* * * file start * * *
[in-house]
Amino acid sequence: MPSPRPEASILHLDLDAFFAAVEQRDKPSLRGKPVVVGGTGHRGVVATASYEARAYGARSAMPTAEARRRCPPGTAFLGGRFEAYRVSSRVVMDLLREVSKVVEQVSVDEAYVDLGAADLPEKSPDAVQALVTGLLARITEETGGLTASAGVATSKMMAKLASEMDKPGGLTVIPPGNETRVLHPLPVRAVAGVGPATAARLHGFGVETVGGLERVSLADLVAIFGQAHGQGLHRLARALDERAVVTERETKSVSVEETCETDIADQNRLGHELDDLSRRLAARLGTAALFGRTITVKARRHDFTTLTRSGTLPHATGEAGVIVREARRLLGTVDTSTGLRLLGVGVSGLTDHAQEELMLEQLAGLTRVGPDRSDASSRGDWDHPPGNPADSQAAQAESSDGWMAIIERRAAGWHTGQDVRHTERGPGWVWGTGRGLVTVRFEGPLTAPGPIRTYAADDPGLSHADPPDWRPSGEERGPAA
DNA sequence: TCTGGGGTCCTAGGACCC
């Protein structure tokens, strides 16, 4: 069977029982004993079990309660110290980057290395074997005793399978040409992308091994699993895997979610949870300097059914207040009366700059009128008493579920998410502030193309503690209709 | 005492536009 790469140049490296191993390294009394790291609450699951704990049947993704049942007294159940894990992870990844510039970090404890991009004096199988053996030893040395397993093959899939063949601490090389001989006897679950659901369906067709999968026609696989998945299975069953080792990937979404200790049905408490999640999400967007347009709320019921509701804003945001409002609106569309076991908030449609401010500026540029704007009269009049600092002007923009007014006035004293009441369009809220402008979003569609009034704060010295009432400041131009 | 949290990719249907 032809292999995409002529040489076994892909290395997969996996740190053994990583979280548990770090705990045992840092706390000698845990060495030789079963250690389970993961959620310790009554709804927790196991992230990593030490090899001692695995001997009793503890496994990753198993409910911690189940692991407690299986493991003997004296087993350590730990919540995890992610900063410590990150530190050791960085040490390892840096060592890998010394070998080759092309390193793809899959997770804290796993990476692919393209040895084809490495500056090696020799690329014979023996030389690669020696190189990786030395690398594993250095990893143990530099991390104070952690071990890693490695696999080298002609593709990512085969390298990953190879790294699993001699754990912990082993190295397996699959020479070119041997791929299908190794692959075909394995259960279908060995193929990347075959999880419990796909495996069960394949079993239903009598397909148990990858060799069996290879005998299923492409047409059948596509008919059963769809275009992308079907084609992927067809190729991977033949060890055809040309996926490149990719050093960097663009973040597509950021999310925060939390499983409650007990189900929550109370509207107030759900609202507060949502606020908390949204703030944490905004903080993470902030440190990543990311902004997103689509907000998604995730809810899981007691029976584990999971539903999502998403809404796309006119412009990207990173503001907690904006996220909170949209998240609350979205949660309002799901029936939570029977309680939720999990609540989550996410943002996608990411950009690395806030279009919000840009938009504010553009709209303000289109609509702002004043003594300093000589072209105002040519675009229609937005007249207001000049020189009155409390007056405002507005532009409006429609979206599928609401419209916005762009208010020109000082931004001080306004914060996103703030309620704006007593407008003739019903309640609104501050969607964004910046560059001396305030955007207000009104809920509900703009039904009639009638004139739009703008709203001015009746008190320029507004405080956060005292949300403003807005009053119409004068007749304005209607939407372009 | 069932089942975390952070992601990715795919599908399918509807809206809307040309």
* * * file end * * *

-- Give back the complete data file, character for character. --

[in-house]
Amino acid sequence: MPSPRPEASILHLDLDAFFAAVEQRDKPSLRGKPVVVGGTGHRGVVATASYEARAYGARSAMPTAEARRRCPPGTAFLGGRFEAYRVSSRVVMDLLREVSKVVEQVSVDEAYVDLGAADLPEKSPDAVQALVTGLLARITEETGGLTASAGVATSKMMAKLASEMDKPGGLTVIPPGNETRVLHPLPVRAVAGVGPATAARLHGFGVETVGGLERVSLADLVAIFGQAHGQGLHRLARALDERAVVTERETKSVSVEETCETDIADQNRLGHELDDLSRRLAARLGTAALFGRTITVKARRHDFTTLTRSGTLPHATGEAGVIVREARRLLGTVDTSTGLRLLGVGVSGLTDHAQEELMLEQLAGLTRVGPDRSDASSRGDWDHPPGNPADSQAAQAESSDGWMAIIERRAAGWHTGQDVRHTERGPGWVWGTGRGLVTVRFEGPLTAPGPIRTYAADDPGLSHADPPDWRPSGEERGPAA
DNA sequence: TCTGGGGTCCTAGGACCC
């Protein structure tokens, strides 16, 4: 069977029982004993079990309660110290980057290395074997005793399978040409992308091994699993895997979610949870300097059914207040009366700059009128008493579920998410502030193309503690209709 | 005492536009 790469140049490296191993390294009394790291609450699951704990049947993704049942007294159940894990992870990844510039970090404890991009004096199988053996030893040395397993093959899939063949601490090389001989006897679950659901369906067709999968026609696989998945299975069953080792990937979404200790049905408490999640999400967007347009709320019921509701804003945001409002609106569309076991908030449609401010500026540029704007009269009049600092002007923009007014006035004293009441369009809220402008979003569609009034704060010295009432400041131009 | 949290990719249907 032809292999995409002529040489076994892909290395997969996996740190053994990583979280548990770090705990045992840092706390000698845990060495030789079963250690389970993961959620310790009554709804927790196991992230990593030490090899001692695995001997009793503890496994990753198993409910911690189940692991407690299986493991003997004296087993350590730990919540995890992610900063410590990150530190050791960085040490390892840096060592890998010394070998080759092309390193793809899959997770804290796993990476692919393209040895084809490495500056090696020799690329014979023996030389690669020696190189990786030395690398594993250095990893143990530099991390104070952690071990890693490695696999080298002609593709990512085969390298990953190879790294699993001699754990912990082993190295397996699959020479070119041997791929299908190794692959075909394995259960279908060995193929990347075959999880419990796909495996069960394949079993239903009598397909148990990858060799069996290879005998299923492409047409059948596509008919059963769809275009992308079907084609992927067809190729991977033949060890055809040309996926490149990719050093960097663009973040597509950021999310925060939390499983409650007990189900929550109370509207107030759900609202507060949502606020908390949204703030944490905004903080993470902030440190990543990311902004997103689509907000998604995730809810899981007691029976584990999971539903999502998403809404796309006119412009990207990173503001907690904006996220909170949209998240609350979205949660309002799901029936939570029977309680939720999990609540989550996410943002996608990411950009690395806030279009919000840009938009504010553009709209303000289109609509702002004043003594300093000589072209105002040519675009229609937005007249207001000049020189009155409390007056405002507005532009409006429609979206599928609401419209916005762009208010020109000082931004001080306004914060996103703030309620704006007593407008003739019903309640609104501050969607964004910046560059001396305030955007207000009104809920509900703009039904009639009638004139739009703008709203001015009746008190320029507004405080956060005292949300403003807005009053119409004068007749304005209607939407372009 | 069932089942975390952070992601990715795919599908399918509807809206809307040309």